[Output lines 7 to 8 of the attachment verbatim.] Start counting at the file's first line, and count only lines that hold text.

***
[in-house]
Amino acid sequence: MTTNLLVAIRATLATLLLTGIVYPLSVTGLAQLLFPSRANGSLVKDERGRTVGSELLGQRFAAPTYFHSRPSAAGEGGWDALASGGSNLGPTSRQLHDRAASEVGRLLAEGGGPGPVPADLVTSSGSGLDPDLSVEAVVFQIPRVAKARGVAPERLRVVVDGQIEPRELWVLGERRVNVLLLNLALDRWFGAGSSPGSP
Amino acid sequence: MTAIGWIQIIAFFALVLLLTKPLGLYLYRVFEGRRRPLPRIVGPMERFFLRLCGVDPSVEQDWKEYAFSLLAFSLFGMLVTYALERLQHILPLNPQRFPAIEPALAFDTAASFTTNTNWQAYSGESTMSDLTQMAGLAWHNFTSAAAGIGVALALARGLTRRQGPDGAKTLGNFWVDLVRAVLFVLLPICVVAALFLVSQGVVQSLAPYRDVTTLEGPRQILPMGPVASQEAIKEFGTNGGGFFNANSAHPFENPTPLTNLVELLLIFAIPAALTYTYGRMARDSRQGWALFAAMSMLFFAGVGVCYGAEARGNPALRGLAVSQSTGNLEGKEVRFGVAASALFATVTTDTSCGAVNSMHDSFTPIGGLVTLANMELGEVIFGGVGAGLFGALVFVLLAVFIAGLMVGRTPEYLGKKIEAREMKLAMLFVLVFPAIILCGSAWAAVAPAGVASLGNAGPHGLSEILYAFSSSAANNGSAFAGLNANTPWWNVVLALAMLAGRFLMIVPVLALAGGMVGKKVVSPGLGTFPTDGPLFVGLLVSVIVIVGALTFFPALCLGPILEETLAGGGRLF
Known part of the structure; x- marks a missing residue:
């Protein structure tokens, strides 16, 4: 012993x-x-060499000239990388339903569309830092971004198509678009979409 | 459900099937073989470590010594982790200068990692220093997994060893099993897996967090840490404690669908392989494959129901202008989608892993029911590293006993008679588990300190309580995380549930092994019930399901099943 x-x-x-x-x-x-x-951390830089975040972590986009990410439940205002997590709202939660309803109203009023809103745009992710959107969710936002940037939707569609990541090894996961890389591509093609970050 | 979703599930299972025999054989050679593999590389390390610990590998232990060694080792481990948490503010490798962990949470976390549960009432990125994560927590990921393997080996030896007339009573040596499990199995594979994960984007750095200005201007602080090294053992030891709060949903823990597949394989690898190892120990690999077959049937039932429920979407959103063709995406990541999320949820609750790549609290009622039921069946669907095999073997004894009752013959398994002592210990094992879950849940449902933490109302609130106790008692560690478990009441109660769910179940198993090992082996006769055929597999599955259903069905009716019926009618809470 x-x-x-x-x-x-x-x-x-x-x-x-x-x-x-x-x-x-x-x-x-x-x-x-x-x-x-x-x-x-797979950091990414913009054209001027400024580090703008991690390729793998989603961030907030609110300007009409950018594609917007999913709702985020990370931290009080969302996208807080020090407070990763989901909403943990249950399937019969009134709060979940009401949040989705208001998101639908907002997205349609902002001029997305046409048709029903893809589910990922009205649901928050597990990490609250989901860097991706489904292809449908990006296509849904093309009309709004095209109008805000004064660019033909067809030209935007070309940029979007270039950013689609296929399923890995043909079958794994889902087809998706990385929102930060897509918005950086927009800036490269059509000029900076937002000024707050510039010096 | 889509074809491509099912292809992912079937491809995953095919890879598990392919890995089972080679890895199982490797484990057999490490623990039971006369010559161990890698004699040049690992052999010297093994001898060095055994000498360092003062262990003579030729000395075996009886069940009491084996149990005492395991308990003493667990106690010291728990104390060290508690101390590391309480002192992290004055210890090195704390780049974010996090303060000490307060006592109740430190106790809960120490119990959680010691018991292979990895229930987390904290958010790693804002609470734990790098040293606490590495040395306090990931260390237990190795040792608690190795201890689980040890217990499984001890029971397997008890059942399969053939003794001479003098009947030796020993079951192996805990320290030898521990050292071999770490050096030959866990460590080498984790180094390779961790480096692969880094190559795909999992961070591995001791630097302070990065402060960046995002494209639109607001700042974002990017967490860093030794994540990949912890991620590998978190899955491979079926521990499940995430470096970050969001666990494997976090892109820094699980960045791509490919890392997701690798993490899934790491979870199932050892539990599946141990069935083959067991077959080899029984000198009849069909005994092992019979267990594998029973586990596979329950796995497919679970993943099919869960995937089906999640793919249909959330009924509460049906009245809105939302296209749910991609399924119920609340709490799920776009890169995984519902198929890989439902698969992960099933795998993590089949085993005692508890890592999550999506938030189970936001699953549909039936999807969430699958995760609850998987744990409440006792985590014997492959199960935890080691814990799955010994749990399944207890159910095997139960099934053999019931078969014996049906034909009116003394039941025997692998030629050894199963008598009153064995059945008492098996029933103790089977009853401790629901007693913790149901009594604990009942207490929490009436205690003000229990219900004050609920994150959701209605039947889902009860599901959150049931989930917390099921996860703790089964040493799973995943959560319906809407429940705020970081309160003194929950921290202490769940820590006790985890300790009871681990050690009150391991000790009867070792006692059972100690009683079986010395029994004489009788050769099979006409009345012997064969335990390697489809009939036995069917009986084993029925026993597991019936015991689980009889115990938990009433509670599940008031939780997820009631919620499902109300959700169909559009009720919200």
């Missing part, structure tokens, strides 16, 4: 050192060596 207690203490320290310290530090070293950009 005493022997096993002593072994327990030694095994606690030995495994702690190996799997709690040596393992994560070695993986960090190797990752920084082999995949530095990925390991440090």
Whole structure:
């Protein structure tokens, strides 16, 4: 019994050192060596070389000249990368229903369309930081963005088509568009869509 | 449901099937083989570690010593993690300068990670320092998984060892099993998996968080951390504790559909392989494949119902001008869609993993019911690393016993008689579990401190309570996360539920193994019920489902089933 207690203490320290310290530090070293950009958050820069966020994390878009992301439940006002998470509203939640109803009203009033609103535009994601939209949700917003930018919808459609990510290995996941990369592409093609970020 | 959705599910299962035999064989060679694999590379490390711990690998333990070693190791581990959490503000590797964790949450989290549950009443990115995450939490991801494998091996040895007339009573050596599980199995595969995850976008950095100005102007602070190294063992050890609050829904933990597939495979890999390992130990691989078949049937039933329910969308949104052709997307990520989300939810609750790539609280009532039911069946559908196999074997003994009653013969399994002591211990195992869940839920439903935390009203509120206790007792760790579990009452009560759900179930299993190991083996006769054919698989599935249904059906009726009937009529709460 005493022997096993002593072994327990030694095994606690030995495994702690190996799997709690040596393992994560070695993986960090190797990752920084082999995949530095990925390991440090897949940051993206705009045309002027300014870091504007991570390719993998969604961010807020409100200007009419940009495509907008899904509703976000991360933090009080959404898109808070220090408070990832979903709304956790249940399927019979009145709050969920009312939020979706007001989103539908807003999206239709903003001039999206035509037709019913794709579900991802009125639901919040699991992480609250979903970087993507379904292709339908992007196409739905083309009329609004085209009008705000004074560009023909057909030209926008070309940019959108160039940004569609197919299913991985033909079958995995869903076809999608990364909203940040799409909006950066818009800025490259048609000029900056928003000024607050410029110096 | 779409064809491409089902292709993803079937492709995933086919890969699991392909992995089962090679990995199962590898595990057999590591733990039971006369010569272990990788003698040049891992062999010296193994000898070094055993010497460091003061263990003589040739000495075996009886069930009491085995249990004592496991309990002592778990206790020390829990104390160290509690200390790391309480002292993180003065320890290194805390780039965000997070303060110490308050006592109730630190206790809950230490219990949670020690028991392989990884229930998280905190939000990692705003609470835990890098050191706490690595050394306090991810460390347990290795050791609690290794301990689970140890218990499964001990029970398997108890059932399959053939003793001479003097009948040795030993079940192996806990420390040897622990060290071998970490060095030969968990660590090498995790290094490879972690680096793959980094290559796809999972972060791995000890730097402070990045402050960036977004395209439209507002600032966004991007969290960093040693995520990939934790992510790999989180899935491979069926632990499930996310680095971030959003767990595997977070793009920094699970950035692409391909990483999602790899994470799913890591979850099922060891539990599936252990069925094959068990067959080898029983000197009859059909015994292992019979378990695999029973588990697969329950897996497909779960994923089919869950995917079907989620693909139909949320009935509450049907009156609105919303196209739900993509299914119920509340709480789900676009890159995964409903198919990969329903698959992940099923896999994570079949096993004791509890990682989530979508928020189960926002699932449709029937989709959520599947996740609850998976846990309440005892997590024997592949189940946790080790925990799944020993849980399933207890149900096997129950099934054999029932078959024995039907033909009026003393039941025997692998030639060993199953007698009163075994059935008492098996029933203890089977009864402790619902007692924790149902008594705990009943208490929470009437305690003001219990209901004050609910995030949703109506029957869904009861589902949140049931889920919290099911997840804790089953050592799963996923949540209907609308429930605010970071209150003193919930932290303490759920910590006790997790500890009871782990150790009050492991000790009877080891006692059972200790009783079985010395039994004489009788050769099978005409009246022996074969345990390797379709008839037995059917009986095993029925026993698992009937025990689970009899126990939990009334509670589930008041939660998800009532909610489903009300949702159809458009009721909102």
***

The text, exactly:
Whole structure:
């Protein structure tokens, strides 16, 4: 019994050192060596070389000249990368229903369309930081963005088509568009869509 | 449901099937083989570690010593993690300068990670320092998984060892099993998996968080951390504790559909392989494949119902001008869609993993019911690393016993008689579990401190309570996360539920193994019920489902089933 207690203490320290310290530090070293950009958050820069966020994390878009992301439940006002998470509203939640109803009203009033609103535009994601939209949700917003930018919808459609990510290995996941990369592409093609970020 | 959705599910299962035999064989060679694999590379490390711990690998333990070693190791581990959490503000590797964790949450989290549950009443990115995450939490991801494998091996040895007339009573050596599980199995595969995850976008950095100005102007602070190294063992050890609050829904933990597939495979890999390992130990691989078949049937039933329910969308949104052709997307990520989300939810609750790539609280009532039911069946559908196999074997003994009653013969399994002591211990195992869940839920439903935390009203509120206790007792760790579990009452009560759900179930299993190991083996006769054919698989599935249904059906009726009937009529709460 005493022997096993002593072994327990030694095994606690030995495994702690190996799997709690040596393992994560070695993986960090190797990752920084082999995949530095990925390991440090897949940051993206705009045309002027300014870091504007991570390719993998969604961010807020409100200007009419940009495509907008899904509703976000991360933090009080959404898109808070220090408070990832979903709304956790249940399927019979009145709050969920009312939020979706007001989103539908807003999206239709903003001039999206035509037709019913794709579900991802009125639901919040699991992480609250979903970087993507379904292709339908992007196409739905083309009329609004085209009008705000004074560009023909057909030209926008070309940019959108160039940004569609197919299913991985033909079958995995869903076809999608990364909203940040799409909006950066818009800025490259048609000029900056928003000024607050410029110096 | 779409064809491409089902292709993803079937492709995933086919890969699991392909992995089962090679990995199962590898595990057999590591733990039971006369010569272990990788003698040049891992062999010296193994000898070094055993010497460091003061263990003589040739000495075996009886069930009491085995249990004592496991309990002592778990206790020390829990104390160290509690200390790391309480002292993180003065320890290194805390780039965000997070303060110490308050006592109730630190206790809950230490219990949670020690028991392989990884229930998280905190939000990692705003609470835990890098050191706490690595050394306090991810460390347990290795050791609690290794301990689970140890218990499964001990029970398997108890059932399959053939003793001479003097009948040795030993079940192996806990420390040897622990060290071998970490060095030969968990660590090498995790290094490879972690680096793959980094290559796809999972972060791995000890730097402070990045402050960036977004395209439209507002600032966004991007969290960093040693995520990939934790992510790999989180899935491979069926632990499930996310680095971030959003767990595997977070793009920094699970950035692409391909990483999602790899994470799913890591979850099922060891539990599936252990069925094959068990067959080898029983000197009859059909015994292992019979378990695999029973588990697969329950897996497909779960994923089919869950995917079907989620693909139909949320009935509450049907009156609105919303196209739900993509299914119920509340709480789900676009890159995964409903198919990969329903698959992940099923896999994570079949096993004791509890990682989530979508928020189960926002699932449709029937989709959520599947996740609850998976846990309440005892997590024997592949189940946790080790925990799944020993849980399933207890149900096997129950099934054999029932078959024995039907033909009026003393039941025997692998030639060993199953007698009163075994059935008492098996029933203890089977009864402790619902007692924790149902008594705990009943208490929470009437305690003001219990209901004050609910995030949703109506029957869904009861589902949140049931889920919290099911997840804790089953050592799963996923949540209907609308429930605010970071209150003193919930932290303490759920910590006790997790500890009871782990150790009050492991000790009877080891006692059972200790009783079985010395039994004489009788050769099978005409009246022996074969345990390797379709008839037995059917009986095993029925026993698992009937025990689970009899126990939990009334509670589930008041939660998800009532909610489903009300949702159809458009009721909102």